- 01525 331060
1. Leaving cyber security to someone who has no technical knowledge
It’s hard to believe, but many businesses are taking serious risks by handing over the responsibility of cyber security to someone who couldn’t tell the difference between malware and Tupperware.
It may be the cheap option, but it’s also a highly risky option, especially if the person has no idea of the constantly evolving nature of cyber threats, how to protect against them, and how to back up.
If you are worried about the cost of hiring an inhouse cyber security professional, then talk to a reputable managed IT service provider, who’ll provide the service at a much lower cost.
2. Not taking password security seriously
Using easy-to-crack passwords, such as 123456 or ‘company name’, are one of the main reasons business IT networks get hacked, and are a lot more commonly used than you might think.
Another password ‘no no’ businesses across all sectors and industries are guilty of, is using the same password for a whole load of different accounts, and never changing it.
Sound like you? Then start using secure password managers, enabling two-step verification when possible, and create passwords using letters, numbers and symbols that you change regularly.
3. Not getting employees involved
60% of cyber security breaches are down to human error, and happen because employees haven’t been trained in how to prevent them, or what to do in the aftermath of an attack.
Common things employees do include emailing attachments with sensitive data to the wrong person, downloading malware using malicious links, and unknowingly leaking company passwords.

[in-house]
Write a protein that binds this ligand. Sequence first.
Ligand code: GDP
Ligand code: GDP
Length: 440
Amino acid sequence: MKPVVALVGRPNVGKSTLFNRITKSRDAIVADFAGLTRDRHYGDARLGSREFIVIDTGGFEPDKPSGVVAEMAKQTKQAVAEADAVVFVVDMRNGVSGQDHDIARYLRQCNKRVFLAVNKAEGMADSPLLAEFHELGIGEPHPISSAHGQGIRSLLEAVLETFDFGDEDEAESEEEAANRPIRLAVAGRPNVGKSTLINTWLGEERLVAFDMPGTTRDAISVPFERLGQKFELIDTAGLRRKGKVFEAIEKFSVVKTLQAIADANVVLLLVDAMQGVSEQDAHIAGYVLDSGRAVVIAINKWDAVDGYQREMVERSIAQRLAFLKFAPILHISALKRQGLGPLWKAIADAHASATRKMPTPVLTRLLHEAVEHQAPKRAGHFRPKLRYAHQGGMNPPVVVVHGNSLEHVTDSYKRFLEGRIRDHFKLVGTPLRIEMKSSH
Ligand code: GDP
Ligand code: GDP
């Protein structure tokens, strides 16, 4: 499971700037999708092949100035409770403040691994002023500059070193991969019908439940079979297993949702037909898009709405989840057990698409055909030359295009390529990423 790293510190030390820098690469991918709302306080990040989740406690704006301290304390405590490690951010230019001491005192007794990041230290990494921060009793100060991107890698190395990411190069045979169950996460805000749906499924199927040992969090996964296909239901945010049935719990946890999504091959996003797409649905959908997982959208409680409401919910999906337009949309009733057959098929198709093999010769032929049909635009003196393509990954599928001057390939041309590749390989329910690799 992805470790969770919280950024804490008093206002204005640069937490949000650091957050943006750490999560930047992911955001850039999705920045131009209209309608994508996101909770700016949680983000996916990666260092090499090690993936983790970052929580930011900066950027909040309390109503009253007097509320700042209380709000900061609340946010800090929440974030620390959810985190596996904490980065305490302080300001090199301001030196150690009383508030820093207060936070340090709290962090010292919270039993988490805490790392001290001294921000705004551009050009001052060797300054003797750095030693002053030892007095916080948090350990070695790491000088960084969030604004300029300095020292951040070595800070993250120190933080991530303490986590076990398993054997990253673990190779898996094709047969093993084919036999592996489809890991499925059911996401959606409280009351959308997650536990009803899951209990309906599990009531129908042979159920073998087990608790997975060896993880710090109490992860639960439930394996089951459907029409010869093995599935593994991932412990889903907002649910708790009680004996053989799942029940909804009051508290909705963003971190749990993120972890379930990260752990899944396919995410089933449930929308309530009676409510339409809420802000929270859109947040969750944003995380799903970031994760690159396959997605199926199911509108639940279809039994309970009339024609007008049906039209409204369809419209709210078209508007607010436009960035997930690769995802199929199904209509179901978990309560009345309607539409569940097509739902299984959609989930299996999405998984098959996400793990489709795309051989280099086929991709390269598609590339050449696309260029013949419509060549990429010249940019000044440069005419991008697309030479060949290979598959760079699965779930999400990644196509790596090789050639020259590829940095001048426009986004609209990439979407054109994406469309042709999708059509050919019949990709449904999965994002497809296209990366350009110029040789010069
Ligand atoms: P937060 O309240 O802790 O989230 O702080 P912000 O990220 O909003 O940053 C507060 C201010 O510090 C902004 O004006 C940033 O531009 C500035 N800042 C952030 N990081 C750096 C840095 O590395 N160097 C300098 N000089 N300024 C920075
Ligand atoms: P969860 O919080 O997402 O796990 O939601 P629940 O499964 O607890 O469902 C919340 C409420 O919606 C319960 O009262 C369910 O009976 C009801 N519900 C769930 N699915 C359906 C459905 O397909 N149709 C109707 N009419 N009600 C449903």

If you’re making this mistake, consider hiring a cyber security coach, or by visiting the NCSC (National Cyber Security Centre) website for all sorts of guidance and help, to pass onto your team.
4. Not updating software
Yes, it can be a hassle. You see the popup telling you to update, but you’re halfway through writing that presentation, and don’t want to stop whilst the cyber security system updates.
Problem is, these updates or security patches are usually vital, and a way of keeping on top of the latest threats, threats that can have the potential to lock you out of that presentation.
If you’re noticing employees aren’t updating regularly, get a memo out there, informing staff of the importance of updating, and reconfigure your cyber security software to automatically update.
5. Not having a response plan
Not planning a response to a cyber attack is another serious mistake plenty of businesses make. Many feel it’s not worth it, mistakenly thinking it won’t happen to them.
But, when it does happen, the financial, reputational and physical damage a cyber attack causes can be limited with the addition of a carefully thought out response plan.
Your response plan should include ensuring employees know who to contact, getting insurance to protect against potential losses, having emergency legal, IT forensic, and PR emergency contacts.
Cyber security should be taken as seriously as physical security. There are no if’s, but’s or maybe’s. Modern criminals are moving away from the old-fashioned theft of physical possessions, and instead hitting companies where it really hurts – the IT network that the whole business is built upon.
JamCrackers is a leading, Bedfordshire based business IT support service, specialising in bespoke cyber security for business. This means, we’ll work with you to create and manage a cyber security and backup plan, designed around your unique business model, to help protect your business from some of the world s most damaging cyber threats.